Mets to retire numbers of Darryl Strawberry and Dwight Gooden

The New York Mets announced they will retire Gooden's No. 16 on April 14 and Strawberry's No. 18 on June 1.

Associated Press

Jan 18, 2024, 9:47 AM

Updated 187 days ago


Darryl Strawberry and Dwight Gooden thought back to what might have been, how their starry accomplishments would have been so much greater had they not succumbed to the drugs and alcohol that shattered their careers.
On the day the New York Mets announced they will retire Gooden's No. 16 on April 14 and Strawberry's No. 18 on June 1, the pair held a Zoom news conference and candidly discussed their failures to resist the fame and fortune that followed the swashbuckling Mets' 1986 World Series title, leading to prison and a string of suspensions that perhaps cost them entry to baseball's Hall of Fame.
“We were mentally crazy at the time, so we needed a lot help," Strawberry said Wednesday. "We could have used every doctor and every psychiatrist — they probably would have ran away from us every time because we were so young and so focused on what it was like to be on the field and doing what we was doing on the field and we was not taking care of ourselves.”
Strawberry, 61, was an eight-time All-Star, including seven during his time with the Mets from 1983-90. He hit .259 with 335 homers, 1,000 RBIs and 221 stolen bases in 17 seasons.
“My heart and soul bleed blue and orange,” Strawberry said of the Mets colors. “Always have. Always will.”
He recommended star first baseman Pete Alonso, who can become a free agent next fall, not depart like Strawberry did when he signed with the Los Angeles Dodgers for the 1991 season.
“I just hope Pete doesn't leave because I ended up personally with a bellyful of regrets for leaving because there is nothing like playing in New York. There is nothing like the atmosphere. There is nothing like the fans. There is nothing like being booed and fans letting you know when you suck," Strawberry said.
Gooden, 59, was a four-time All-Star while playing for the Mets from 1984-94, winning the 1984 NL Rookie of the Year and the 1985 NL Cy Young Award. He went 194-112 with a 3.51 ERA and 2,293 strikeouts in 16 seasons.
“I remember at times literally crying, going to get drugs, crying to go buy alcohol. That's a problem. That's a mental problem,” Gooden said, recalling his last descent in 2019. “Last time, instead of going to rehab, I put myself into a mental hospital.”
Gooden was 157-85 with a 3.10 ERA with 1,875 strikeouts for the Mets, and Strawberry hit hit .263 with 252 homers, 733 RBIs and 191 steals for New York.
“I was never well. Had I been well, what could I have done?” Strawberry said. “When I was young, I thought this was going to go on forever, I'm going to be hitting home runs forever.”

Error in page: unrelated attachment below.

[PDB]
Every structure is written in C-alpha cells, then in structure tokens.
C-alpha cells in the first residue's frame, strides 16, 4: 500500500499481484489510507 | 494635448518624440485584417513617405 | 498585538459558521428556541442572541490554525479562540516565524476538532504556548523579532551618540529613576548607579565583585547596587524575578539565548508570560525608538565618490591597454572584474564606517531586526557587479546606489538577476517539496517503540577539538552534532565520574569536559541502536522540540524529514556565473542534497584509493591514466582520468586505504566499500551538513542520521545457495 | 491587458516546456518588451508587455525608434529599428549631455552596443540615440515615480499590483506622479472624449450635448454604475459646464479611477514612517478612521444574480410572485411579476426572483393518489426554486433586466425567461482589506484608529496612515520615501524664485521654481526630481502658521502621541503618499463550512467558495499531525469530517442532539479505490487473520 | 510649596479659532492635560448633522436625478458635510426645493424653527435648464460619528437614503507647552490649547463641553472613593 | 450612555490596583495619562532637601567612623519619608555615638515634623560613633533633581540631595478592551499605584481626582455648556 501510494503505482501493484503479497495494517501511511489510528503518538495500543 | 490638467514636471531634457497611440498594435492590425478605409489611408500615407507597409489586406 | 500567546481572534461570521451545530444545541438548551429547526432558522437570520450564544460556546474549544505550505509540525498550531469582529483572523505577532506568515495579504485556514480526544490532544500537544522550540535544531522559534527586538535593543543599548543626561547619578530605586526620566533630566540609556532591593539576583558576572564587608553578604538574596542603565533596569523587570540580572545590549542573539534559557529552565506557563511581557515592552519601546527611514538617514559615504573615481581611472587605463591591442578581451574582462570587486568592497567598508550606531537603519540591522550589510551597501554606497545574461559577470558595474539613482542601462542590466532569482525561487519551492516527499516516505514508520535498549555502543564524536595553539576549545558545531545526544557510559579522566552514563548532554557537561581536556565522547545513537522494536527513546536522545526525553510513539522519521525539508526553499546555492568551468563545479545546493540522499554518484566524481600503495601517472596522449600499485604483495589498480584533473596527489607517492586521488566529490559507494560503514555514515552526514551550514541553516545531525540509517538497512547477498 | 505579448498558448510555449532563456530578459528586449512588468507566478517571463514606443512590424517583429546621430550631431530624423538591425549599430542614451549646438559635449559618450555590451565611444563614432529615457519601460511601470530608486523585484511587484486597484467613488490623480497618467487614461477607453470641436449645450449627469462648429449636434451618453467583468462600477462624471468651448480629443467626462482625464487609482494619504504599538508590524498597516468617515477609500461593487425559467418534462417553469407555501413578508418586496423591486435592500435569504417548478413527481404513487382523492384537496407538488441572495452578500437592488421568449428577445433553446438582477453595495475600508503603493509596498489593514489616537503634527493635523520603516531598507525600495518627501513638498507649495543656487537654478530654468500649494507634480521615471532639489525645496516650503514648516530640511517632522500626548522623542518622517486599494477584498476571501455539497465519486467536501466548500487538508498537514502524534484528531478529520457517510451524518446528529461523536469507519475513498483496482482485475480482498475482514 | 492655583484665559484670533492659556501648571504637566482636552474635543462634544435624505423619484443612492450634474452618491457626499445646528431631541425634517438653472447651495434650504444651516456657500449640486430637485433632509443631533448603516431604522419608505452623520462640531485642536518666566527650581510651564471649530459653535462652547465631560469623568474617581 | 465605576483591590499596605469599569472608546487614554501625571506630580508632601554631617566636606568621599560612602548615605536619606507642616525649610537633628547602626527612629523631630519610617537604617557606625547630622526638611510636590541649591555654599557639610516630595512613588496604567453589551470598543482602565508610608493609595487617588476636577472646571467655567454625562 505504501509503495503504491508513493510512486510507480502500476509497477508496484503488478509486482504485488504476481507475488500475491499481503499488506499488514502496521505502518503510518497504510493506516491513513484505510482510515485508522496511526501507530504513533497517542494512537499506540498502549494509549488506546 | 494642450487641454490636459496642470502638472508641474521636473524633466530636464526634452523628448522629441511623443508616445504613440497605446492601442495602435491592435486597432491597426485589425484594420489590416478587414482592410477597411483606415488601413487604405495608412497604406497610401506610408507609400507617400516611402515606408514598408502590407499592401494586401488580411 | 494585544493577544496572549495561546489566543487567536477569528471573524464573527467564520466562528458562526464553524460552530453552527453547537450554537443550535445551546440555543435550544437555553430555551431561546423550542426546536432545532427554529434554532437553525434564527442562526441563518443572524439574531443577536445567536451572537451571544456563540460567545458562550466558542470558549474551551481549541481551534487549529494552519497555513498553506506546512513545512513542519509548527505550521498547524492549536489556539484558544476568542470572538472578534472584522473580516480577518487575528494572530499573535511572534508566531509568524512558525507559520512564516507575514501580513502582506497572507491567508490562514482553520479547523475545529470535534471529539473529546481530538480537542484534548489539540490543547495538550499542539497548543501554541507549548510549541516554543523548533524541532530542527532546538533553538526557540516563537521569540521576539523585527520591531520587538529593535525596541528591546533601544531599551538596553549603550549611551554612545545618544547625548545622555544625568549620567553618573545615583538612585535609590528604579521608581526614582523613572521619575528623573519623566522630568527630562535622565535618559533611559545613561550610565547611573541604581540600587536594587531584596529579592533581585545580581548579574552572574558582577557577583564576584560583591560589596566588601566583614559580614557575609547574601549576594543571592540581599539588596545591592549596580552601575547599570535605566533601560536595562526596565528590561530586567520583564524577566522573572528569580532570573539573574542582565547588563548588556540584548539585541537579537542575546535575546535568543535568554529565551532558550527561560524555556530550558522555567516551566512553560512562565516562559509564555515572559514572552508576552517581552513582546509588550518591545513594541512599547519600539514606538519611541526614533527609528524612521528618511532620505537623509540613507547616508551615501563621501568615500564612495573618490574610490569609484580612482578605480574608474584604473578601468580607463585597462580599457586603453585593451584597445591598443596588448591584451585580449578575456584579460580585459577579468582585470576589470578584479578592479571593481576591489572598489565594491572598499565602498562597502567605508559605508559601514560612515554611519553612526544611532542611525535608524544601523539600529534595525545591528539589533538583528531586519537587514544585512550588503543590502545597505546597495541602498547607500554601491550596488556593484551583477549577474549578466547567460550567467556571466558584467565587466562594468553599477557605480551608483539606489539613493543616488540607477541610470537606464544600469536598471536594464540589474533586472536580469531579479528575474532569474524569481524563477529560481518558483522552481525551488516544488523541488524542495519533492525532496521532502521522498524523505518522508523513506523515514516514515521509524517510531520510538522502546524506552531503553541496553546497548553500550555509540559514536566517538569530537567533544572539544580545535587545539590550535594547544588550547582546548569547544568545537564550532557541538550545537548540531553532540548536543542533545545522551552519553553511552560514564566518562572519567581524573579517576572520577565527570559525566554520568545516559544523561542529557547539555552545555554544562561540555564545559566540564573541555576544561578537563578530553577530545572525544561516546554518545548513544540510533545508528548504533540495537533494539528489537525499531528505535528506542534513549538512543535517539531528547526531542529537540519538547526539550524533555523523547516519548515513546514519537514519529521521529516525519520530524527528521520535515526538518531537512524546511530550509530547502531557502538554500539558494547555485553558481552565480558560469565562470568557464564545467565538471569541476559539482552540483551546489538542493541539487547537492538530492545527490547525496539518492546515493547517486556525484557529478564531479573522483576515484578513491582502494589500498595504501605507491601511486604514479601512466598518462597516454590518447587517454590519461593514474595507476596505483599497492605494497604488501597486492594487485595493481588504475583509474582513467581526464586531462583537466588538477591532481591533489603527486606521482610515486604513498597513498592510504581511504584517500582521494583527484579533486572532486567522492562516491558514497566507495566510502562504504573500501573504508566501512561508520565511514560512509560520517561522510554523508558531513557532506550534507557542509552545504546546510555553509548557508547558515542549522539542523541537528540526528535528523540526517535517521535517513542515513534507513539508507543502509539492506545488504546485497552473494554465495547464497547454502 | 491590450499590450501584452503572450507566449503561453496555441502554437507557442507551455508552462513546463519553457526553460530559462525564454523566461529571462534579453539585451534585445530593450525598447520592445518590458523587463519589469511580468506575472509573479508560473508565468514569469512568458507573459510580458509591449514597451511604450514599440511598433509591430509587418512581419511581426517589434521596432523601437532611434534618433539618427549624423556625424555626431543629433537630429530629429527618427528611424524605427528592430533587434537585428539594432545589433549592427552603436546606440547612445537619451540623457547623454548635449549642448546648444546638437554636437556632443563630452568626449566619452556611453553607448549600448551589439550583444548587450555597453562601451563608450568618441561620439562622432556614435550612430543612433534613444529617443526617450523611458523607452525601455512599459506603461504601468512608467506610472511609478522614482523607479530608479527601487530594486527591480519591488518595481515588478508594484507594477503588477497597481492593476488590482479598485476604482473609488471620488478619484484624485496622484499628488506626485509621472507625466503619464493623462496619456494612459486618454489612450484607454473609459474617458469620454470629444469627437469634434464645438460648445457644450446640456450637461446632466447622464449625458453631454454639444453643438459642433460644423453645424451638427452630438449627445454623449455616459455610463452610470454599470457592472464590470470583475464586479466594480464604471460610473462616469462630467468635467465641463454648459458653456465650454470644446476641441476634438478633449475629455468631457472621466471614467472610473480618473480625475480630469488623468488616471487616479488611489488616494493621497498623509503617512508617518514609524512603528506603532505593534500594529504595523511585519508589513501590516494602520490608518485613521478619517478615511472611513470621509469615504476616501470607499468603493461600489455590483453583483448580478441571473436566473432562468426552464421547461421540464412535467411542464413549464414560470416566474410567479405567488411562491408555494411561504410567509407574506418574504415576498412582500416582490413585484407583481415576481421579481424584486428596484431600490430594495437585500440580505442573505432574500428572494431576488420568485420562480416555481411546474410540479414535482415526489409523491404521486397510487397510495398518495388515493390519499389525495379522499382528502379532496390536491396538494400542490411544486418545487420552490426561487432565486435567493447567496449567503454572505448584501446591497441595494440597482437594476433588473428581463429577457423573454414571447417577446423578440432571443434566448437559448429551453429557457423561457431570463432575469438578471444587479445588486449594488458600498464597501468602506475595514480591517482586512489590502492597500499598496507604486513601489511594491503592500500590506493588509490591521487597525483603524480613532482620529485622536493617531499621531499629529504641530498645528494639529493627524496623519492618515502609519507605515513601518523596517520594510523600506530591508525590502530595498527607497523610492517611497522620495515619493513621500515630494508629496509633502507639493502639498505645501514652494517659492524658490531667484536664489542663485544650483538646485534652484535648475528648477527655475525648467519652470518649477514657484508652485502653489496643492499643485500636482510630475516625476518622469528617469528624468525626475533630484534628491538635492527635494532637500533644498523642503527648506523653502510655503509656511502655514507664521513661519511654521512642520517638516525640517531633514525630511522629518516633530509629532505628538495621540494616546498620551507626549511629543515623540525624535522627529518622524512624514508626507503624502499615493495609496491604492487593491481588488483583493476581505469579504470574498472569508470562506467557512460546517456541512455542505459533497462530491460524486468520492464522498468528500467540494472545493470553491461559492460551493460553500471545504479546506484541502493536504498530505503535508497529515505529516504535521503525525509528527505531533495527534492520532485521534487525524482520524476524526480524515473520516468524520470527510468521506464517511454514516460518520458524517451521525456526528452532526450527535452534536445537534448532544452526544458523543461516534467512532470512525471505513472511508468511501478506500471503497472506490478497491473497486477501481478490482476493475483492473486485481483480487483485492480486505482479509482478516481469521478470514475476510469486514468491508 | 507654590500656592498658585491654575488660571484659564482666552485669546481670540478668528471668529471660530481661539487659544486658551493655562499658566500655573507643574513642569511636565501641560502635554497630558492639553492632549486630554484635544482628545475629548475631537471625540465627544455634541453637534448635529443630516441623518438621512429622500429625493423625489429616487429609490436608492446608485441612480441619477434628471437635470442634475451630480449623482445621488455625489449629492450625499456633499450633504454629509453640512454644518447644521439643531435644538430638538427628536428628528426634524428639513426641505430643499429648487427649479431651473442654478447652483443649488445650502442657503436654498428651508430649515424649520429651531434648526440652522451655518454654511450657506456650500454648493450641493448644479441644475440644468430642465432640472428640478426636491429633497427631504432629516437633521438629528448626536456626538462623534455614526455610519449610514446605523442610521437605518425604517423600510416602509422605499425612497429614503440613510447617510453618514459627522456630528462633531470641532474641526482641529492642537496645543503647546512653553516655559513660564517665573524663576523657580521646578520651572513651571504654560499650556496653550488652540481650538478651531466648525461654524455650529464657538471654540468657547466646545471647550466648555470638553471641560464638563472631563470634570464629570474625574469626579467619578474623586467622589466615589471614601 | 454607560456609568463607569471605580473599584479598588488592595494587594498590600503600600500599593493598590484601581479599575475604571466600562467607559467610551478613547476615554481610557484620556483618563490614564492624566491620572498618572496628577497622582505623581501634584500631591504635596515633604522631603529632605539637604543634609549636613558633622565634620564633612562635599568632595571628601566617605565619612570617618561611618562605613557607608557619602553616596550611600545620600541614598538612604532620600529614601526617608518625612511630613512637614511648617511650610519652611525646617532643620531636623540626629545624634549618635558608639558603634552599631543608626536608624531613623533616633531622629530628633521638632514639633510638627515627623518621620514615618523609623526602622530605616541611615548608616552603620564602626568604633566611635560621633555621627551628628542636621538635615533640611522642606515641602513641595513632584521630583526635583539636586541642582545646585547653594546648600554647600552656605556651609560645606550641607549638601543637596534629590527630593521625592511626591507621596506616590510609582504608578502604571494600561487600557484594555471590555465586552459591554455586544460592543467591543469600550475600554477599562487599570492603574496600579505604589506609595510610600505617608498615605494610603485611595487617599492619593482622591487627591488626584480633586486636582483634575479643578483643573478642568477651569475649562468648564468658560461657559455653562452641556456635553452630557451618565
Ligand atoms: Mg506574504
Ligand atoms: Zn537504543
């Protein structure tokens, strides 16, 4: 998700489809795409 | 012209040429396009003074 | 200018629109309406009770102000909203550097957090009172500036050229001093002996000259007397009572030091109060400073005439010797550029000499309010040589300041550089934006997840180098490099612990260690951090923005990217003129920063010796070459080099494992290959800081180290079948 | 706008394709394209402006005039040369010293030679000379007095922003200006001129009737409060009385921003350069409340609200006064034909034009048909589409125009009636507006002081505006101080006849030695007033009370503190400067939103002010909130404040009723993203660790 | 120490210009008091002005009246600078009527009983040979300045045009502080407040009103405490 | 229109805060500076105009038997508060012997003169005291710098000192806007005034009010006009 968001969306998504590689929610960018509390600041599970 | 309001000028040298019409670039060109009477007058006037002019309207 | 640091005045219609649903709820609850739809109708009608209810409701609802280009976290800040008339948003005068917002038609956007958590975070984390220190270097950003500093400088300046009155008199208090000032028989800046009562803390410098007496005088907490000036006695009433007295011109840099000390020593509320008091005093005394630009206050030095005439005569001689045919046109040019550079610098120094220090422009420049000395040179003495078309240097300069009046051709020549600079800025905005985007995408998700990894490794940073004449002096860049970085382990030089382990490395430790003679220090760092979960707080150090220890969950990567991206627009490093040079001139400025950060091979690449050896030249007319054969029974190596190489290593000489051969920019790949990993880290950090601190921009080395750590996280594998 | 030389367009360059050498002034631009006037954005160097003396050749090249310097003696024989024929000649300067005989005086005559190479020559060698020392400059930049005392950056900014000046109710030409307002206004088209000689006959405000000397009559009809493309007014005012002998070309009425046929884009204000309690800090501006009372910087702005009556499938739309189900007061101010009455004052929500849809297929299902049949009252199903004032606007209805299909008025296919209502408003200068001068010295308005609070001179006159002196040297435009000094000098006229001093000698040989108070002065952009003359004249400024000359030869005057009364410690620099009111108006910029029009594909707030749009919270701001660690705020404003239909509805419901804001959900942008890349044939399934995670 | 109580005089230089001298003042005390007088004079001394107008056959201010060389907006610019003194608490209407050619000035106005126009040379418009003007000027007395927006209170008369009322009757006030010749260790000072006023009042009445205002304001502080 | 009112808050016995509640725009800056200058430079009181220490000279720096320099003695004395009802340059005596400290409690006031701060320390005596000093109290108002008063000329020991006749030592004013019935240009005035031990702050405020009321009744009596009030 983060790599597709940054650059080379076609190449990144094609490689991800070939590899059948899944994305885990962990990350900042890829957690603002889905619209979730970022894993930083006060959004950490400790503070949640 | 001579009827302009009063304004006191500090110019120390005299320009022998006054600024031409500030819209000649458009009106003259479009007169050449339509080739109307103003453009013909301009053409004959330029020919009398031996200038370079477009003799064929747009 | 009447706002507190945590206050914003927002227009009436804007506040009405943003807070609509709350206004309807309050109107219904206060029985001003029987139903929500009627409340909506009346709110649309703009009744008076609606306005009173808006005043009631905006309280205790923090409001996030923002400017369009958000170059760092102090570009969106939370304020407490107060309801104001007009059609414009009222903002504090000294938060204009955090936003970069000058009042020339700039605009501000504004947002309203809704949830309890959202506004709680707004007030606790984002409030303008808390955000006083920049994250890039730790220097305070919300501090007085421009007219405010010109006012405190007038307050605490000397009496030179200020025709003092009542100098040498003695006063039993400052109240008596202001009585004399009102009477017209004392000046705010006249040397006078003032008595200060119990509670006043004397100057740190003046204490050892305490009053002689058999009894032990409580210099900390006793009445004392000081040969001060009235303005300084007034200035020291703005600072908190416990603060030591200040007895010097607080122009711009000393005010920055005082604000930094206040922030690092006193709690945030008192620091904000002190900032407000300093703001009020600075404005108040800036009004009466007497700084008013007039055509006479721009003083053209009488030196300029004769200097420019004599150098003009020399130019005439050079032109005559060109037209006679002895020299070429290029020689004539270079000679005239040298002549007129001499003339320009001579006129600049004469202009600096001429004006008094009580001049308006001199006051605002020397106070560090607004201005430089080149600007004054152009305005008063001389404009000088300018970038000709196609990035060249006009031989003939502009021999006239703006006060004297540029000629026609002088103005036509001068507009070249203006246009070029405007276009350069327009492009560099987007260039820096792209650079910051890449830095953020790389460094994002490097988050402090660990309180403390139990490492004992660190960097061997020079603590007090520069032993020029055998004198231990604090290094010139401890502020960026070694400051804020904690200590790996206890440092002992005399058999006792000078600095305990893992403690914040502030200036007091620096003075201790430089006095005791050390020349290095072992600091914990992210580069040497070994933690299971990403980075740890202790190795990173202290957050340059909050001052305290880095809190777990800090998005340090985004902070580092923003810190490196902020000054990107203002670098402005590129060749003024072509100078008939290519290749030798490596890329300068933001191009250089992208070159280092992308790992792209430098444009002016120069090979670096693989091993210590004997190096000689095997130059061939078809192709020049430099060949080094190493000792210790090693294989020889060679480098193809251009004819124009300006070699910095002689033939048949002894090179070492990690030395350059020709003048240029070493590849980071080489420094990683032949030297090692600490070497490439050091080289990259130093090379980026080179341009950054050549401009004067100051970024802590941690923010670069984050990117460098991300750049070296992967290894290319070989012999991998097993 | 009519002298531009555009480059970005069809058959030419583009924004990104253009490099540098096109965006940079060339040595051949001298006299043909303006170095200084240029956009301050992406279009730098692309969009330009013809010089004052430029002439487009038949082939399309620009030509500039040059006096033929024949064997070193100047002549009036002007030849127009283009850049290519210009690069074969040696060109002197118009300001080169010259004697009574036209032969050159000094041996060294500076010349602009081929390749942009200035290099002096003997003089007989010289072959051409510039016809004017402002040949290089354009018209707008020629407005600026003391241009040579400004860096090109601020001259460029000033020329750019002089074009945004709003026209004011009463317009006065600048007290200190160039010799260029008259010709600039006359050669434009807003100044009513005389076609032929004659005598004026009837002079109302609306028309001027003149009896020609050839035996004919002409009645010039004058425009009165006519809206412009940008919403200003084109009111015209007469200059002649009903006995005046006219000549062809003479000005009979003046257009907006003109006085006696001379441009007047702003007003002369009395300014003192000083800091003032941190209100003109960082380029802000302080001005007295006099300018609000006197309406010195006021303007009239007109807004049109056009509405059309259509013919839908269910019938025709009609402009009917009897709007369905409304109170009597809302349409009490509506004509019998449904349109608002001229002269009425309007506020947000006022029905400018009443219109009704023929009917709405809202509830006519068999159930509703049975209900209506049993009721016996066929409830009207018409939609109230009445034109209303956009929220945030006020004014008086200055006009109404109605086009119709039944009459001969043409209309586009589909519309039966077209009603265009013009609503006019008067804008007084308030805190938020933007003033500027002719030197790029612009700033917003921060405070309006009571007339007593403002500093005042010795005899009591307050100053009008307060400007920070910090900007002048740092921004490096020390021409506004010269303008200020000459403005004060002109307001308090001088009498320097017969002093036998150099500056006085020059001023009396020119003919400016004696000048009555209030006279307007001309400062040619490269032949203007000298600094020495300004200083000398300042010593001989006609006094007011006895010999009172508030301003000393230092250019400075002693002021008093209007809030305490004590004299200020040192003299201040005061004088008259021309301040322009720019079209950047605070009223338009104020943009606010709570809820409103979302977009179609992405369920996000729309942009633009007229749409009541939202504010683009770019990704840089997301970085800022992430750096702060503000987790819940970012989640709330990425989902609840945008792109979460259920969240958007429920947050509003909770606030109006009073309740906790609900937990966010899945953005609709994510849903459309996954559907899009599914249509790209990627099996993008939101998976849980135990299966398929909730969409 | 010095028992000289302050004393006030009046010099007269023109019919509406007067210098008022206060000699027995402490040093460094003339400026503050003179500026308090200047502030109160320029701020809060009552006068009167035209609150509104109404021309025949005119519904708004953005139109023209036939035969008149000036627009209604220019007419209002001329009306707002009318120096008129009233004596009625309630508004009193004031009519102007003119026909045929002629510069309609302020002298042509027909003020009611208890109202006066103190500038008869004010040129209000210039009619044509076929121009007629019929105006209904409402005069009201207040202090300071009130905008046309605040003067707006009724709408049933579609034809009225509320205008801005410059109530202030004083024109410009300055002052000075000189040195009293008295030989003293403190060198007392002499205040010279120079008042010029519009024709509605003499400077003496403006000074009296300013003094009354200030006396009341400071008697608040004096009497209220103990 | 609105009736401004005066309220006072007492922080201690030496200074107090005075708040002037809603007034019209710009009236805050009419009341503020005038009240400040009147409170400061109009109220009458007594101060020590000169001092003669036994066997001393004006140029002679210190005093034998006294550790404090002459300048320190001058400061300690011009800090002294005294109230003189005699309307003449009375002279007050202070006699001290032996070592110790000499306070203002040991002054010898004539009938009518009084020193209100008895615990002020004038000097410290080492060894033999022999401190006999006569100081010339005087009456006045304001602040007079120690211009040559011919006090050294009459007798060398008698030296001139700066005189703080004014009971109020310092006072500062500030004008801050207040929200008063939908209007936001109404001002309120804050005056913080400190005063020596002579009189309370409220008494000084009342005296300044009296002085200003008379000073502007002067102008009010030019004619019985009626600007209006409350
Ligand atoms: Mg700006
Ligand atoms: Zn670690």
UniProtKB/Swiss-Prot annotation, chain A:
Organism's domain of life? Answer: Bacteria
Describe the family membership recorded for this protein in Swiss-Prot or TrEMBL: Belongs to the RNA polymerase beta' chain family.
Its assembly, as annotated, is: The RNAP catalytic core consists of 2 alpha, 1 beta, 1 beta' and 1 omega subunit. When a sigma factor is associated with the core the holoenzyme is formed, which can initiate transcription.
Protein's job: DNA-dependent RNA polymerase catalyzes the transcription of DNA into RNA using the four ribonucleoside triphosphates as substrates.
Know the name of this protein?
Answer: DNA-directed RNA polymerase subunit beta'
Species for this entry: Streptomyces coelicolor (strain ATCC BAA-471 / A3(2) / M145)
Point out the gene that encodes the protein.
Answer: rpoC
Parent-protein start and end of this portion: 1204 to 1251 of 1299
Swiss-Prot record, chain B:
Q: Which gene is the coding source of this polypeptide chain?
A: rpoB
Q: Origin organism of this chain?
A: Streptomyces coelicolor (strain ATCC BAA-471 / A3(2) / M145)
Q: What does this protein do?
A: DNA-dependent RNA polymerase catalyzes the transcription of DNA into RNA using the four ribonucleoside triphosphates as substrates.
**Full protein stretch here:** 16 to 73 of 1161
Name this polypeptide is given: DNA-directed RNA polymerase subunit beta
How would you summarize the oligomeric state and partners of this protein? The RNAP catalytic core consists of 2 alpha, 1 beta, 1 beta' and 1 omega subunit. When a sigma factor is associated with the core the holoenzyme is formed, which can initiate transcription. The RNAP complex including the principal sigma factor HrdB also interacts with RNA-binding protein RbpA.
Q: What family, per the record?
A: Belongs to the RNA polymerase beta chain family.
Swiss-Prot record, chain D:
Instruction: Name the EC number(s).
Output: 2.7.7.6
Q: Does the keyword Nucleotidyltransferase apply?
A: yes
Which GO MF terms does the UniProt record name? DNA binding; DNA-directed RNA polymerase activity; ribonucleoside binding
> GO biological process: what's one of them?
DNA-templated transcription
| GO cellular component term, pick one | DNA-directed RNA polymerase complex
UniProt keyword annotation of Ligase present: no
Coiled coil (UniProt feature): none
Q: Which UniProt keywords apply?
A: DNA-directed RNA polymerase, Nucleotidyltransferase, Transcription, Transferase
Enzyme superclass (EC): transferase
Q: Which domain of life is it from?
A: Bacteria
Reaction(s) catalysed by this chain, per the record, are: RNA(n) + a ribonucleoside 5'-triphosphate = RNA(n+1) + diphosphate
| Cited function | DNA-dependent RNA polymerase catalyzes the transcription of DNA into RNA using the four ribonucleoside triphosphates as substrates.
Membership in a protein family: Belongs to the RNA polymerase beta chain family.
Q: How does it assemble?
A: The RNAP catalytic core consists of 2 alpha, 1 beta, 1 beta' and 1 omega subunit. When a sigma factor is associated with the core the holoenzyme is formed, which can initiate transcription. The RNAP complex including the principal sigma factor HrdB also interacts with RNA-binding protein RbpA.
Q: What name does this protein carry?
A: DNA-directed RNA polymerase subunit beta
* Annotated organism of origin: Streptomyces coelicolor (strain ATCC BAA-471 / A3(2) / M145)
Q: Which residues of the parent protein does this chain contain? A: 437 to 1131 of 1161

Gooden recounted being rebuffed by Mets general Steve Phillips when he hoped to return for the 1998 and 2000 seasons.
“Their fans will always be special to me. They cared about me and believed in me when I didn't believe in myself and gave me hope to go on,” Gooden said. “That's something that you don’t forget.”
Strawberry contrasted his background with that of Yankees captain Derek Jeter, his teammate from 1995-99.
“You look at a lot of guys that played in New York that was young, like Jete, but he had a great family and I admire that because that helped him get through life better with the expectations and the pressures of playing. When you don’t have anybody, it’s very challenging for you to make the right decisions.”
Mets players were celebrated in the bars and nightclubs of 1980s New York.
“Did we get safeguarded when we were planning in New York at a young age? Probably not. I don’t think so. Everything was wide open,” Strawberry said. “Twenty-one years old, running into Manhattan, I don’t think that was a good idea. I don’t think that was a good lifestyle for me. I got kind of corrupted in that lifestyle and I kick myself for that.”
"I could have stayed on track and followed what Gary Carter and Mookie Wilson was living,” he added, “I probably would’ve ended up one heck of a ballplayer in Queens for the rest of my career.”
New York previously retired No. 14 (Gil Hodges, 1973), No. 17 (Keith Hernandez, 2022), No. 24 (Willie Mays, 2022), No. 31 (Mike Piazza, 2016), No. 36 (Jerry Koosman, 2021), No. 37 (Casey Stengel, 1965), No. 41 (Tom Seaver, 1988). In addition, Jackie Robinson’s No. 42 was retired throughout Major League Baseball in 1997.
At times, the troubles of Strawberry and Gooden led to a strained relationship and criticism of each other.
“You’re talking about two young Black, African-Americans playing in New York, stars, and everything handed to you. You go to Manhattan, you get everything handed to you. You get free clothes, You get free this — how do you suppose to respond to that when you’re young?" Strawberry said. “The animosity wasn’t about not loving and caring for Doc. I always have. He’s always been a knucklehead, and I’ve always been a knucklehead. He knows that. We both know that for each other.”

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